Sadd ‘Prom Promise’ Anti-Dui Events Eye-Opening For Teen Drivers

SADD has been busy helping teens prepare for prom this year. How? By showing them, in gruesome detail, what could happen to them in a drunk driving accident.

The anti-drunk driving group, originally called Students Against Driving Drunk, SADD has been sponsoring events nationwide in the weeks leading up to the big dance. The group has an extensive prom and graduation season campaign on its website, including the “Prom Promise,” which urges teen couples to promise each other, in writing, not to drink on prom night.

A local chapter of SADD in Williamston recently held a “Prom Promise”-themed event: a simulated DUI crash with all the bells and whistles. SADD and student council members at Palmetto High School worked with members of the City of Williamston police and fire departments, first responders and even a medical helicopter company to bring the event together. Officials say it’s the students who push for the event and keep it going.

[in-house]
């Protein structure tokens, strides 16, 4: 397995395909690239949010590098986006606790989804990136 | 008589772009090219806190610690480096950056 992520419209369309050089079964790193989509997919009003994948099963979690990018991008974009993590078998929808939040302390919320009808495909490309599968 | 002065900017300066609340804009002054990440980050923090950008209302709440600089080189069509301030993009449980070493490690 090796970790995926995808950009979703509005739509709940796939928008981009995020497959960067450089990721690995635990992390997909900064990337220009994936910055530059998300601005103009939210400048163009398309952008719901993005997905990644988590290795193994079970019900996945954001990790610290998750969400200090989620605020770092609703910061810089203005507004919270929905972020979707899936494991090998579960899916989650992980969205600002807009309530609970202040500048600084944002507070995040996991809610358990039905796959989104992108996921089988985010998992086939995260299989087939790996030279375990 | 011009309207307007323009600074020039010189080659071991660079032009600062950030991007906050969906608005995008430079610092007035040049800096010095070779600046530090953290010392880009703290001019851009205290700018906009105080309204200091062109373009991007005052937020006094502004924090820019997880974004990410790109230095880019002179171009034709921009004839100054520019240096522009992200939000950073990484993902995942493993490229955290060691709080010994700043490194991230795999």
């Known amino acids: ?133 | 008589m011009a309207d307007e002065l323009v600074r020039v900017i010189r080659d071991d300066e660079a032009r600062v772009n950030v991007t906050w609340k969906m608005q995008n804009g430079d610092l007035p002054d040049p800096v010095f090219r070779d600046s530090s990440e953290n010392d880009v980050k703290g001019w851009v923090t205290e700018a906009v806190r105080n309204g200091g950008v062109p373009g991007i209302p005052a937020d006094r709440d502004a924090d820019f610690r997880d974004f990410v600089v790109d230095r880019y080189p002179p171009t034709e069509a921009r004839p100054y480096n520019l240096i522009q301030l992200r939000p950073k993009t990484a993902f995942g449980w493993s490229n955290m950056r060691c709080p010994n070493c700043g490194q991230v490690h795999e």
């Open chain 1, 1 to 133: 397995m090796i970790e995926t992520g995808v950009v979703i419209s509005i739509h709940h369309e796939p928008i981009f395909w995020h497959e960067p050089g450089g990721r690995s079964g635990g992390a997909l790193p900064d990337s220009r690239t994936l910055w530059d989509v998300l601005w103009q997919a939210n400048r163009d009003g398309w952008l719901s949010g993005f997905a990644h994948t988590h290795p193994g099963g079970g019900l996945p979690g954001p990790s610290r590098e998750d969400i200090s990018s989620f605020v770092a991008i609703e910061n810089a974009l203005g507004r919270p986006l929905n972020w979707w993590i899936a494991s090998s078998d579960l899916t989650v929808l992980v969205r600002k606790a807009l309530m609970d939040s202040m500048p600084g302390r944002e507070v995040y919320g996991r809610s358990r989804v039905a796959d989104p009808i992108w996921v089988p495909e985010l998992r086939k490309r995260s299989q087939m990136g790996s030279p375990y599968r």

Using real, smashed-up cars, the organizers set up a simulated crash scene on the school’s track. One student playing the drunk driver was given a breath test, arrested, and loaded into the back of a police car as the school watched on.

Meanwhile, several other students, covered in stage blood, played people injured in the wreck. Dramatically, firefighters cut the injured out of the car using the Jaws of Life. They were then loaded onto stretchers for transportation to hospitals. In one case, a medical helicopter was called in. It landed on the football field and one of the students pretending to be injured was put inside.

Williamston Fire Chief: ‘We’ve responded to motor vehicle accidents such as this on prom night’

The event in Williamston was intentionally timed for the day before prom so the message would be fresh in kids’ minds. Prom and graduation are considered high-risk events for underage drinking and, unfortunately, driving.

The “Prom Promise” crash simulation clearly took a great deal of effort to build. While the result was impressive, it used to be performed only every four years at Palmetto. That all changed in 2011, when a 17-year-old student was killed in a drunk driving accident. Now they hold the simulation every year.

High school proms and graduations will probably take place every weekend between now and mid-June. Make the promise not to drink and drive – and keep it.

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